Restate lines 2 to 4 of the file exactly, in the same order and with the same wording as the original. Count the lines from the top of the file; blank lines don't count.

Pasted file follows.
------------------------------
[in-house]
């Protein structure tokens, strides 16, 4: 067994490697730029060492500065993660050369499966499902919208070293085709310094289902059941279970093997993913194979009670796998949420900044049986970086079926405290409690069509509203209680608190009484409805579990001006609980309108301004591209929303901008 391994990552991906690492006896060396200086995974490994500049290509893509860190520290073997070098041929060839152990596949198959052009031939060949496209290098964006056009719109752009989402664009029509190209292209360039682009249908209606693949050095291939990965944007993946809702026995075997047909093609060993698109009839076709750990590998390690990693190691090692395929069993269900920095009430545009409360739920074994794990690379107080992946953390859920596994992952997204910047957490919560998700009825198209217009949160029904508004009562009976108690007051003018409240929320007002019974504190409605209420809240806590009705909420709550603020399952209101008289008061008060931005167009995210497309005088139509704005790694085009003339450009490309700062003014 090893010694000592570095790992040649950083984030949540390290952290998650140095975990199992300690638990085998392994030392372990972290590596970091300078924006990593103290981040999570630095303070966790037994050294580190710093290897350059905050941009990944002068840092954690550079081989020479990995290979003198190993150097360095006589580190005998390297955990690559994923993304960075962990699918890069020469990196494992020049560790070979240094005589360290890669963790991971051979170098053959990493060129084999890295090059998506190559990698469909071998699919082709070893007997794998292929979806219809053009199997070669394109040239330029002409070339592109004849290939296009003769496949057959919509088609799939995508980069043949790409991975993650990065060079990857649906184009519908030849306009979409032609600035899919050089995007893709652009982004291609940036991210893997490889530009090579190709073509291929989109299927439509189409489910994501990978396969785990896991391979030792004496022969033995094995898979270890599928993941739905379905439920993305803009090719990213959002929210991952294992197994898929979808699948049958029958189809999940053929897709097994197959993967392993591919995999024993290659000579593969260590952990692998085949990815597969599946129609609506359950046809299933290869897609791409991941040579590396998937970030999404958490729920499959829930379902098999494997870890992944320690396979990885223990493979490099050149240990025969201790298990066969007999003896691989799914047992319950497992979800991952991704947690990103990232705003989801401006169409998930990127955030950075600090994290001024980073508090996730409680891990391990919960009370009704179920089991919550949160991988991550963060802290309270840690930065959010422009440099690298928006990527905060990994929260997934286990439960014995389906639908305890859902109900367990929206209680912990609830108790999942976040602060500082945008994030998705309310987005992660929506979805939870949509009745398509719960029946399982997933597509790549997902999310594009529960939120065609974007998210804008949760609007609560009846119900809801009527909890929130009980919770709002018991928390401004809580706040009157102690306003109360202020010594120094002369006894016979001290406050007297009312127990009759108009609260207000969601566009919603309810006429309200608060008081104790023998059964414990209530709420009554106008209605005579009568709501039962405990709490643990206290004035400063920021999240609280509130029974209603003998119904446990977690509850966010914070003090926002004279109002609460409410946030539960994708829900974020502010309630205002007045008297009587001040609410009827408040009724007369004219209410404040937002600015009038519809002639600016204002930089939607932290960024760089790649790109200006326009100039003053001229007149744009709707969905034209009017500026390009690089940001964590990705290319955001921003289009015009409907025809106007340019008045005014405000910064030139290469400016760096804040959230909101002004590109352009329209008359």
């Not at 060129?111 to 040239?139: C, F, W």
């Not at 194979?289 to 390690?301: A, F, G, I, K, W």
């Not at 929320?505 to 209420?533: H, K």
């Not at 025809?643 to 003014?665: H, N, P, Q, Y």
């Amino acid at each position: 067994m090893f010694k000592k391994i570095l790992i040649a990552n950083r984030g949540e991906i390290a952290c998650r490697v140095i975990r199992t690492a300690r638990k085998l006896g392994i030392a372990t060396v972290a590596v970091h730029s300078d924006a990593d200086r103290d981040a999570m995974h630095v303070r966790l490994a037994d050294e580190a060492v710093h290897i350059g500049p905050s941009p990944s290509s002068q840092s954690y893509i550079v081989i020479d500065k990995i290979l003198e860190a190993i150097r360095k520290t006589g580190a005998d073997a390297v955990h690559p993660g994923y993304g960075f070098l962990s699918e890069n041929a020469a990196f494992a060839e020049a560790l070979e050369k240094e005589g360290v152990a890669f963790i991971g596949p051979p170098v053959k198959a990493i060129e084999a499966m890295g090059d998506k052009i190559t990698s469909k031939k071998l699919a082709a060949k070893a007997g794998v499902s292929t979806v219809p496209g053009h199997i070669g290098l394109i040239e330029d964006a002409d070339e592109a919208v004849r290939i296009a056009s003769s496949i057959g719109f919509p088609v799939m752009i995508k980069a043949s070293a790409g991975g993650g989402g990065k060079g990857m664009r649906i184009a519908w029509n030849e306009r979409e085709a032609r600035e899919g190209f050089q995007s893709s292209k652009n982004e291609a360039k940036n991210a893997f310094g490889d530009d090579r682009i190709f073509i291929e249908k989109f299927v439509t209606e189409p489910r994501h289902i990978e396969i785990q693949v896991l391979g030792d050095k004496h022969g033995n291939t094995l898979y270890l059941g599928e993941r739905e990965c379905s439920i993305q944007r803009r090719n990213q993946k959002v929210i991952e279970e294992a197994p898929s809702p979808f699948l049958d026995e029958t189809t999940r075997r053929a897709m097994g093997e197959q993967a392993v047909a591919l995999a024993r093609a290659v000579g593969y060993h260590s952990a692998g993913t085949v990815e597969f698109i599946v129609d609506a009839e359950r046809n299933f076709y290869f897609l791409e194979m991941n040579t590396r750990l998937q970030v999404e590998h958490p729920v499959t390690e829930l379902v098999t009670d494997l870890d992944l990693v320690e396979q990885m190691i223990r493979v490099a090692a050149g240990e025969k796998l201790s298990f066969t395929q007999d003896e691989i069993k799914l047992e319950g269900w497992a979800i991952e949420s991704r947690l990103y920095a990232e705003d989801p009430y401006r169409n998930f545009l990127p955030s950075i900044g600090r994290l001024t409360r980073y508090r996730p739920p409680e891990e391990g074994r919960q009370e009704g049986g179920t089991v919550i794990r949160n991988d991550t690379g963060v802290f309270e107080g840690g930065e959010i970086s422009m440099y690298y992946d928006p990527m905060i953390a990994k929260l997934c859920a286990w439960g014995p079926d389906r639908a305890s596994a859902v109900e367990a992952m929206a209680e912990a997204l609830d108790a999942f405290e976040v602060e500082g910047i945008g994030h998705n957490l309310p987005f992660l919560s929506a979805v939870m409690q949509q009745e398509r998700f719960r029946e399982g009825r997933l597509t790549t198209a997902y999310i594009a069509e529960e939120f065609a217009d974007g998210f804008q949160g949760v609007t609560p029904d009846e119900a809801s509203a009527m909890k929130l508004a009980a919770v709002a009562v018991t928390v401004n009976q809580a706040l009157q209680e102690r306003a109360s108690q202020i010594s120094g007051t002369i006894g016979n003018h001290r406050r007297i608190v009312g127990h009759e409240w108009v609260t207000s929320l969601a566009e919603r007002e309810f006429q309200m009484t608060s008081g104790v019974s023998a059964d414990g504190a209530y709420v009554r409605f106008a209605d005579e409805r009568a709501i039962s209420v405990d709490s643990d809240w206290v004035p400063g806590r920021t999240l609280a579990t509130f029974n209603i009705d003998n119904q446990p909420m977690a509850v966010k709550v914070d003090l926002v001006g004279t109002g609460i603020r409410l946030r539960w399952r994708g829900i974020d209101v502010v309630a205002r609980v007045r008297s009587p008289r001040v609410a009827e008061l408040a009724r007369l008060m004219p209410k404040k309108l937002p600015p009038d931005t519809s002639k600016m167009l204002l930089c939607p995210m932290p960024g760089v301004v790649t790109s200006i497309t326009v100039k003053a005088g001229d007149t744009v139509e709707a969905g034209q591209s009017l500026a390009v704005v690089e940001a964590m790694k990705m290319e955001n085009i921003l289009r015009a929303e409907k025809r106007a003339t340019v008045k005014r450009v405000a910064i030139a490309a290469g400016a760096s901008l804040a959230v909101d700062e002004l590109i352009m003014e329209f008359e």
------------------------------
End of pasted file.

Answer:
């Protein structure tokens, strides 16, 4: 067994490697730029060492500065993660050369499966499902919208070293085709310094289902059941279970093997993913194979009670796998949420900044049986970086079926405290409690069509509203209680608190009484409805579990001006609980309108301004591209929303901008 391994990552991906690492006896060396200086995974490994500049290509893509860190520290073997070098041929060839152990596949198959052009031939060949496209290098964006056009719109752009989402664009029509190209292209360039682009249908209606693949050095291939990965944007993946809702026995075997047909093609060993698109009839076709750990590998390690990693190691090692395929069993269900920095009430545009409360739920074994794990690379107080992946953390859920596994992952997204910047957490919560998700009825198209217009949160029904508004009562009976108690007051003018409240929320007002019974504190409605209420809240806590009705909420709550603020399952209101008289008061008060931005167009995210497309005088139509704005790694085009003339450009490309700062003014 090893010694000592570095790992040649950083984030949540390290952290998650140095975990199992300690638990085998392994030392372990972290590596970091300078924006990593103290981040999570630095303070966790037994050294580190710093290897350059905050941009990944002068840092954690550079081989020479990995290979003198190993150097360095006589580190005998390297955990690559994923993304960075962990699918890069020469990196494992020049560790070979240094005589360290890669963790991971051979170098053959990493060129084999890295090059998506190559990698469909071998699919082709070893007997794998292929979806219809053009199997070669394109040239330029002409070339592109004849290939296009003769496949057959919509088609799939995508980069043949790409991975993650990065060079990857649906184009519908030849306009979409032609600035899919050089995007893709652009982004291609940036991210893997490889530009090579190709073509291929989109299927439509189409489910994501990978396969785990896991391979030792004496022969033995094995898979270890599928993941739905379905439920993305803009090719990213959002929210991952294992197994898929979808699948049958029958189809999940053929897709097994197959993967392993591919995999024993290659000579593969260590952990692998085949990815597969599946129609609506359950046809299933290869897609791409991941040579590396998937970030999404958490729920499959829930379902098999494997870890992944320690396979990885223990493979490099050149240990025969201790298990066969007999003896691989799914047992319950497992979800991952991704947690990103990232705003989801401006169409998930990127955030950075600090994290001024980073508090996730409680891990391990919960009370009704179920089991919550949160991988991550963060802290309270840690930065959010422009440099690298928006990527905060990994929260997934286990439960014995389906639908305890859902109900367990929206209680912990609830108790999942976040602060500082945008994030998705309310987005992660929506979805939870949509009745398509719960029946399982997933597509790549997902999310594009529960939120065609974007998210804008949760609007609560009846119900809801009527909890929130009980919770709002018991928390401004809580706040009157102690306003109360202020010594120094002369006894016979001290406050007297009312127990009759108009609260207000969601566009919603309810006429309200608060008081104790023998059964414990209530709420009554106008209605005579009568709501039962405990709490643990206290004035400063920021999240609280509130029974209603003998119904446990977690509850966010914070003090926002004279109002609460409410946030539960994708829900974020502010309630205002007045008297009587001040609410009827408040009724007369004219209410404040937002600015009038519809002639600016204002930089939607932290960024760089790649790109200006326009100039003053001229007149744009709707969905034209009017500026390009690089940001964590990705290319955001921003289009015009409907025809106007340019008045005014405000910064030139290469400016760096804040959230909101002004590109352009329209008359």
């Not at 060129?111 to 040239?139: C, F, W």
């Not at 194979?289 to 390690?301: A, F, G, I, K, W």